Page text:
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For Eric Greitens and Mo Brooks, Ambitions at Last Indulged

The newest entrants to the Missouri and Alabama Senate races have been plotting this course for years. 

Left: Eric Greitens speaks at a Trump rally in Missouri, 2016 (By Gino Santa Maria/Shutterstock). Right: U.S. Rep. Mo Brooks speaks at a Ted Cruz rally in 2015 ((Photo by Michael Wade/Icon Sportswire/Corbis via Getty Images).

How did we ever get Roy Moore? The answer on the swift, Icarusian ascent and fall of a purported pedophile has a lot to do with another, two-syllable Alabamian conservative: Mo Brooks.

It’s all ancient history now, but Moore was the favored Senate choice of much of the nascent “Trumpist wing” of the Republican Party back in 2017. A toxic brew of Donald Trump’s personal patronage, internecine conservative politics to rival the old socialists, and what ended up being a gnarly health scare for Brooks dashed the veteran congressman’s initial Senate run four years on back.

President Trump backed the interim incumbent, Luther Strange, perhaps most likely because he liked calling him “Big Luther,” and because Mitch McConnell likes incumbents. Not so behind the scenes. Then-White House official Steve Bannon and much of the greater Breitbart-verse favored Brooks. Just one problem: Evangelical politics often holds a veto over Republican politics and perhaps nowhere is this more true than in “the Heart of Dixie.” A show-horse former Alabama chief justice, made notorious by refusing to remove the Ten Commandments from government lands, entered the race; he muddied the waters and the rest is history.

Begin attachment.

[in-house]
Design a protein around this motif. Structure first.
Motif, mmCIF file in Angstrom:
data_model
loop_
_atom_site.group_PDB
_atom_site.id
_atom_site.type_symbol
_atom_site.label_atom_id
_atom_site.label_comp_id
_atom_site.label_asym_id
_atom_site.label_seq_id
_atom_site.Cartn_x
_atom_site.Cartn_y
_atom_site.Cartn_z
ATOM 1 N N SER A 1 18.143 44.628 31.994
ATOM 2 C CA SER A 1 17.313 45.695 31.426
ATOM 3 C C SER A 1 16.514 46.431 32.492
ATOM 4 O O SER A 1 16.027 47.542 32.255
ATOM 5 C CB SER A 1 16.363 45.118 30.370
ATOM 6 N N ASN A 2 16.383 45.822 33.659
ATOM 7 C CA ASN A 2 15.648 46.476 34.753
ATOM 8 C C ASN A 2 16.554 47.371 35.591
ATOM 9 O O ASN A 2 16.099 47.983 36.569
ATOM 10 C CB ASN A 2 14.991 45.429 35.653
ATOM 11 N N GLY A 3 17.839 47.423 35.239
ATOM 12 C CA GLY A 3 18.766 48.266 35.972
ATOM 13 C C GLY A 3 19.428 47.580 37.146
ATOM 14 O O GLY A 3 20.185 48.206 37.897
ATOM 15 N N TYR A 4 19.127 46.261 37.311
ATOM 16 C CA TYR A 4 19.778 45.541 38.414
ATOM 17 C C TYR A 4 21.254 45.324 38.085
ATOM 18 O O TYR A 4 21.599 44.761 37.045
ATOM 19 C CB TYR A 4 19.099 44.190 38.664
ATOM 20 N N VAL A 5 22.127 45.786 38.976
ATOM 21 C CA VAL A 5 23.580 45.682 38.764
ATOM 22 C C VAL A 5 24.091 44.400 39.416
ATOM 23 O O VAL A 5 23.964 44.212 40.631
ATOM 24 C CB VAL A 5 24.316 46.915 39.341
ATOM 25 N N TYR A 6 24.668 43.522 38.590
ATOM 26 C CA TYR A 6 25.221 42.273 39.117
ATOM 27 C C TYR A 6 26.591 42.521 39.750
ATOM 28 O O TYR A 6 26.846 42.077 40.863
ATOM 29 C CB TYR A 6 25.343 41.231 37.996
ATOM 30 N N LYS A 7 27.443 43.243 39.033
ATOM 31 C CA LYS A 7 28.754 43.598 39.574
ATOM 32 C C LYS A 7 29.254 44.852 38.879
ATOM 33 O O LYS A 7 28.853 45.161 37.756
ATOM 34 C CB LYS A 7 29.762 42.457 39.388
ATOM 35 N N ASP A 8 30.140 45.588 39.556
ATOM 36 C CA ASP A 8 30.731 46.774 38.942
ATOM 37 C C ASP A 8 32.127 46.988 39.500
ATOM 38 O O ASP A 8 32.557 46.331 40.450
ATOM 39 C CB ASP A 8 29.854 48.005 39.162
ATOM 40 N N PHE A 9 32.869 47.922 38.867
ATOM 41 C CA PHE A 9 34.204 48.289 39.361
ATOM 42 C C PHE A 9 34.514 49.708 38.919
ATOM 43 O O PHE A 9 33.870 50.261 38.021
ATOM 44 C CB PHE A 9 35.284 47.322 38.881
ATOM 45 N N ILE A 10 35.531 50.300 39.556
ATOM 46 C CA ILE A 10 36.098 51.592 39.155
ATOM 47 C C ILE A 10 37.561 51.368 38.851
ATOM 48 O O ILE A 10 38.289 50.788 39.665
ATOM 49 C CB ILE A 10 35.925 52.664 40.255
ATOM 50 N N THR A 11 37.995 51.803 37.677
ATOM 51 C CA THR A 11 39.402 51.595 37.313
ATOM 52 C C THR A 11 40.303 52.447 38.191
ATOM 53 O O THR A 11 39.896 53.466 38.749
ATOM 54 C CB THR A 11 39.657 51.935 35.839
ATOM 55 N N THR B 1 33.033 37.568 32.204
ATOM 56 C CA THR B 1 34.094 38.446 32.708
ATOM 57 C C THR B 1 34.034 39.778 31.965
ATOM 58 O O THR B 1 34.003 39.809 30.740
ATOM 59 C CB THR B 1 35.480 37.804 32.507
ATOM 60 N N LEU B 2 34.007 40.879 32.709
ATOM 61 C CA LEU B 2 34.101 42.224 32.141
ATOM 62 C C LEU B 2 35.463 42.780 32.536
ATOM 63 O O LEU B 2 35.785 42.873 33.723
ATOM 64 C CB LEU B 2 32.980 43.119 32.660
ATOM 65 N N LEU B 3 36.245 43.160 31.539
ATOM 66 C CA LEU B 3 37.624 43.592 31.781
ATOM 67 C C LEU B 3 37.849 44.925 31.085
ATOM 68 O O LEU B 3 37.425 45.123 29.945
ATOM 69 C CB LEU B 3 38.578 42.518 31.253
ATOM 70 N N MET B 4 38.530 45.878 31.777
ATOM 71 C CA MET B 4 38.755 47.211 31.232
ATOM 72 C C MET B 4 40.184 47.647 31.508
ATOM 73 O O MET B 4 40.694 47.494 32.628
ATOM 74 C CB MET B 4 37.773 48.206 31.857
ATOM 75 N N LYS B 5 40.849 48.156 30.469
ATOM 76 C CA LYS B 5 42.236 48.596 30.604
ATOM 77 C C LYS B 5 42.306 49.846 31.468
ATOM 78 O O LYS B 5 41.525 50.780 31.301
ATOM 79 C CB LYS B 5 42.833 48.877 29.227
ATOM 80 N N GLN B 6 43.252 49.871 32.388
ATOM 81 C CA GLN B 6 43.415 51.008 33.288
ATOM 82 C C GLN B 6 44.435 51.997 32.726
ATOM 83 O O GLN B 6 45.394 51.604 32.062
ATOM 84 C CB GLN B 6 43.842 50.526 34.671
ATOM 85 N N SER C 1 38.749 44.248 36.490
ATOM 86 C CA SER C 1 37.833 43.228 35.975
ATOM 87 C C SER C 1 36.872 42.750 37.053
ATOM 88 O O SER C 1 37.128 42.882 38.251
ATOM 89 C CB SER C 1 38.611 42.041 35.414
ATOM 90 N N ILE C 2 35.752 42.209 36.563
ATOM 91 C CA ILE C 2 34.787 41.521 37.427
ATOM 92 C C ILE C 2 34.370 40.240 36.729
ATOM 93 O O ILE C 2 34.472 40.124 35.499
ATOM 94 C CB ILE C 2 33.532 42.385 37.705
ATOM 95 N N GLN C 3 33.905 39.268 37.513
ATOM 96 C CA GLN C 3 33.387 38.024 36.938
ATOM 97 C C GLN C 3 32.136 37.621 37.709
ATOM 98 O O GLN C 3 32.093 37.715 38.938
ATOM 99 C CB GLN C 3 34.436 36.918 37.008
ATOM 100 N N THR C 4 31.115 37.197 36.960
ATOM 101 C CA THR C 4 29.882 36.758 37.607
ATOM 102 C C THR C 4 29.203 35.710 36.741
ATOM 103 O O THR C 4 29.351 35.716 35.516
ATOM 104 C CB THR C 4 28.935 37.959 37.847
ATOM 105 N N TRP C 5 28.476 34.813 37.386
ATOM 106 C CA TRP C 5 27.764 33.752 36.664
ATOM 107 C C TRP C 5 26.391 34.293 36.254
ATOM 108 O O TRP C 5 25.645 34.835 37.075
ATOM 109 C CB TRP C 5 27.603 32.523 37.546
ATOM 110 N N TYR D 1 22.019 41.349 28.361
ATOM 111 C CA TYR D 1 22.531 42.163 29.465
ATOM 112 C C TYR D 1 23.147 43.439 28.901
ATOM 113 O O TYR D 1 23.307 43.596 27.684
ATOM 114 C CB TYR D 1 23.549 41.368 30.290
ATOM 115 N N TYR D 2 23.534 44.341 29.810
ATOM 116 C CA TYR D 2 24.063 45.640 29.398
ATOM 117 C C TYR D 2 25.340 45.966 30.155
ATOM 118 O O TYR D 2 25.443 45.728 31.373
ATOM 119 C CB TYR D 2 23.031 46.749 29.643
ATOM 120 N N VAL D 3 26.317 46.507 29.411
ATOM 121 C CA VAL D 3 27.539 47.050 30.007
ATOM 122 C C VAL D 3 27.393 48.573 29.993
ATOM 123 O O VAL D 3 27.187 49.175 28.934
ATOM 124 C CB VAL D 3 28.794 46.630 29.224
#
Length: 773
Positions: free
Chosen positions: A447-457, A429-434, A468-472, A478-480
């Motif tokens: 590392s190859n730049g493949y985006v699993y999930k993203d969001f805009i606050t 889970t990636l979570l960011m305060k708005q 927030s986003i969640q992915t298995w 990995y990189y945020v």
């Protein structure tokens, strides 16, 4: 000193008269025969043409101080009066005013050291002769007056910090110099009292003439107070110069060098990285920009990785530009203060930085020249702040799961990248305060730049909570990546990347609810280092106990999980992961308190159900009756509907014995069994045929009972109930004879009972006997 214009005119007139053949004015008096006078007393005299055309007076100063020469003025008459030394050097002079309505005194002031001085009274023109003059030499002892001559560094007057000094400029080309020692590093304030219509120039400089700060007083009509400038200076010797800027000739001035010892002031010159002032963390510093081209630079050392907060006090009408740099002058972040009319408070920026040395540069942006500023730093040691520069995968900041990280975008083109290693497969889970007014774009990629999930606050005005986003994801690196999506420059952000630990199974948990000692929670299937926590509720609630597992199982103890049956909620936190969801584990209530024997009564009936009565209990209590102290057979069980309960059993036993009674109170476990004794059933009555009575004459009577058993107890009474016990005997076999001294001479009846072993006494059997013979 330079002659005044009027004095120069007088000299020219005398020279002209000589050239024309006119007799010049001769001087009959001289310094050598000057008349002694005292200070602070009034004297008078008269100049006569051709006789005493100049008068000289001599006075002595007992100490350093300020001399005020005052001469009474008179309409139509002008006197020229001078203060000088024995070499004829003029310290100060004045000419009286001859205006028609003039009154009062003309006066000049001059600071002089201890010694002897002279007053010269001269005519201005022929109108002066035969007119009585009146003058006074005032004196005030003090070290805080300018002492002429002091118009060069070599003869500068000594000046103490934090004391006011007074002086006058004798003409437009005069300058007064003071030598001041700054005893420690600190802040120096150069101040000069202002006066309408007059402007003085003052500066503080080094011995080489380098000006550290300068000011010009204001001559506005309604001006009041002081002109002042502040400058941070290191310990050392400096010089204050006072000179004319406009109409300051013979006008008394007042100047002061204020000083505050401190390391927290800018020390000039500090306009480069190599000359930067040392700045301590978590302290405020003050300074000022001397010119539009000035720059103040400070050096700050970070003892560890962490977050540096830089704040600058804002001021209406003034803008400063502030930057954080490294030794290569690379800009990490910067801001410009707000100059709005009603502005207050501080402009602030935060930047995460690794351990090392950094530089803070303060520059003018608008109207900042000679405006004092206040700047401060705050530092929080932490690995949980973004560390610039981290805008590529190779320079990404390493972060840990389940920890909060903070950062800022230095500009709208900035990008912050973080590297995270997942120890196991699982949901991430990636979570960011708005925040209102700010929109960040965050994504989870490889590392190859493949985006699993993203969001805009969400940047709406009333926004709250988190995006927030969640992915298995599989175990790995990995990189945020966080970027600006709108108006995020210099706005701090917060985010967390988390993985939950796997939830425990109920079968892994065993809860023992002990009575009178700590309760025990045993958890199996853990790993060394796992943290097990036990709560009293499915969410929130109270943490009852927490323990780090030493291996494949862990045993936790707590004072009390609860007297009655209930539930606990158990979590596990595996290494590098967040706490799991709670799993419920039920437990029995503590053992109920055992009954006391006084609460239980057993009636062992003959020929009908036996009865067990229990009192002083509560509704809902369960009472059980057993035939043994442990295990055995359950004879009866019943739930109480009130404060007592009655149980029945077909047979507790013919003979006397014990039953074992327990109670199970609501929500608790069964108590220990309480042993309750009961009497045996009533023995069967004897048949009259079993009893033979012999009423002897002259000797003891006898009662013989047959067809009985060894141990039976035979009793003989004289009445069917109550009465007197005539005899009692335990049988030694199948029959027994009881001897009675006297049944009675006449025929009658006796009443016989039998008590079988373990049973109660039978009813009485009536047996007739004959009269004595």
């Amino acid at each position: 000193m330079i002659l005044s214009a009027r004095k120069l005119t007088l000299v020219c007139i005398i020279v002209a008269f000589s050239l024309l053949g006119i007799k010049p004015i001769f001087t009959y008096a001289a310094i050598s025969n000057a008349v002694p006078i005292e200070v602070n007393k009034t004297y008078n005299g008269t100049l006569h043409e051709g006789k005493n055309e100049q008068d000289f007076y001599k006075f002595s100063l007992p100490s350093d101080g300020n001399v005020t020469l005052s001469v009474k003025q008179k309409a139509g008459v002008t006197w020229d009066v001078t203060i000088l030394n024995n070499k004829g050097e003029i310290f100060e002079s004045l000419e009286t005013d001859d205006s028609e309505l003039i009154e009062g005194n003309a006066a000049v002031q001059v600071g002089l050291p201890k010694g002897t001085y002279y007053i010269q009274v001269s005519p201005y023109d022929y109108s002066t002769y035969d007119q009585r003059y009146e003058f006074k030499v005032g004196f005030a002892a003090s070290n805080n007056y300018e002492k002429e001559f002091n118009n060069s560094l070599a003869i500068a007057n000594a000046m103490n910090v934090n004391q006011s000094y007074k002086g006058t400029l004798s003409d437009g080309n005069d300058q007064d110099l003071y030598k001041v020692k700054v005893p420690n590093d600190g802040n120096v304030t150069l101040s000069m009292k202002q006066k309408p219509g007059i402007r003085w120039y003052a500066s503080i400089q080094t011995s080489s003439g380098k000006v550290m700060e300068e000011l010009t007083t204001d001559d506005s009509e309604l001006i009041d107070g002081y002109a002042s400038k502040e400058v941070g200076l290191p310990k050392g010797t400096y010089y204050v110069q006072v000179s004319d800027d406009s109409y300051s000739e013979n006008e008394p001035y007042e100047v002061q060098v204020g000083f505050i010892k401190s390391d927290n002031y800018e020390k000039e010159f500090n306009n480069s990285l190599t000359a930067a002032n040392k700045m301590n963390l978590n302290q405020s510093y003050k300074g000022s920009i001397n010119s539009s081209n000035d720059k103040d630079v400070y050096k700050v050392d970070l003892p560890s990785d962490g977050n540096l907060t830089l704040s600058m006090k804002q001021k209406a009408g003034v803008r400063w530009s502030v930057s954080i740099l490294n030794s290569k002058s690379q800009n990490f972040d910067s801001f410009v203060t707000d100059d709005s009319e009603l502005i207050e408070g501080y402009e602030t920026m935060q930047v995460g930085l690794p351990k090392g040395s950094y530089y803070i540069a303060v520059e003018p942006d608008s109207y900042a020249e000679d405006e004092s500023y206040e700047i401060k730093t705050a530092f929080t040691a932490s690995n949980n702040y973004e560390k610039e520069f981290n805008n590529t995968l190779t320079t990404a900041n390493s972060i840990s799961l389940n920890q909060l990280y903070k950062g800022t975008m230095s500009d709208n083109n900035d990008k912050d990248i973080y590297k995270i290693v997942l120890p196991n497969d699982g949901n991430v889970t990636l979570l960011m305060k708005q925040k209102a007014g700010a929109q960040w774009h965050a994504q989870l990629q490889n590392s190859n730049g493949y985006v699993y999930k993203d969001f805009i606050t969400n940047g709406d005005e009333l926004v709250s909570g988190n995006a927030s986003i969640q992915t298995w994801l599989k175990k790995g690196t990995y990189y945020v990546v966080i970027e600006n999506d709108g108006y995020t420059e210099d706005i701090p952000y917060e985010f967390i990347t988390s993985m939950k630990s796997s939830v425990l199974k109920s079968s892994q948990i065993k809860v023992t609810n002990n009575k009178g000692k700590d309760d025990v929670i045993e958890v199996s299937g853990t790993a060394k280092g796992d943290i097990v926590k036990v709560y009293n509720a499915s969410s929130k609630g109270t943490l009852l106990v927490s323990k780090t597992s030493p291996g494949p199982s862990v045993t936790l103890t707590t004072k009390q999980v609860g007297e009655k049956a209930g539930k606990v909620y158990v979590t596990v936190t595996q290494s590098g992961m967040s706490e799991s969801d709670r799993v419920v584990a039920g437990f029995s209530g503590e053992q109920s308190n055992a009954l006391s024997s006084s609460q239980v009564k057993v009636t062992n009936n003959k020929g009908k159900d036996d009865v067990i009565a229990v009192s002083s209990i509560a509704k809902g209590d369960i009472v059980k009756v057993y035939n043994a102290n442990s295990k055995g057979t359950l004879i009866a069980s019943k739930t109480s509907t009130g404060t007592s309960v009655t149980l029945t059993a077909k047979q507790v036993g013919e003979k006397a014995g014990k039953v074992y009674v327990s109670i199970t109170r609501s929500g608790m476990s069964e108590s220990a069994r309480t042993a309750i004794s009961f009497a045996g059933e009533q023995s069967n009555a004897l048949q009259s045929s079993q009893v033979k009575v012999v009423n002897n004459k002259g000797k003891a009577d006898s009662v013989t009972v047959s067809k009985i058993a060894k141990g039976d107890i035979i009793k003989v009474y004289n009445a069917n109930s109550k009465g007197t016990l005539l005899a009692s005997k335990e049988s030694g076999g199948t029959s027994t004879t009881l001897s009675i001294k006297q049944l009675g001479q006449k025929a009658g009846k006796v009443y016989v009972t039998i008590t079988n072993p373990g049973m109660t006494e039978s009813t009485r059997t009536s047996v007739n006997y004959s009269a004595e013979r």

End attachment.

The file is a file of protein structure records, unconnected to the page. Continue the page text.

Bannon had to back Moore in his jihad against McConnell, but then the Moore allegations broke; Moore narrowly forfeited the seat to the Democrats, and the Republicans’ “Scott Brown” moment was born. And this was all before Trump’s animus with his Attorney General Jeff Sessions—who had originally vacated the seated—truly calcified, resulting in the eventual firing of a serious, O.G. ally, and a second reversal in fortunes when the ex-Cabinet official lost a Senate primary for his old seat last summer, not least because Trump backed future Senator “Coach” Tommy Tuberville.

So there is a lot of history here.

History that Brooks now hopes to roll up and ultimately transcend as he mounts his second Senate bid. Brooks said in January that “today is the day that American patriots start taking down names and kicking” posterior, ahead of the calamity at the Capitol. He plunged into the race beside former White House consigliere Stephen Miller, in what I believe was his first campaign stop back as a civilian (Miller relished speaking at Trump’s rallies in 2016). “Nobody has had President Trump’s back more over the last four years than Mo Brooks. Now I need you to have his back. Your vote for Mo Brooks will allow him to carry on the America First agenda,” Miller was quoted as saying.

The second, major new Senate entrant is, like Donald Trump himself, quite recently a Democrat.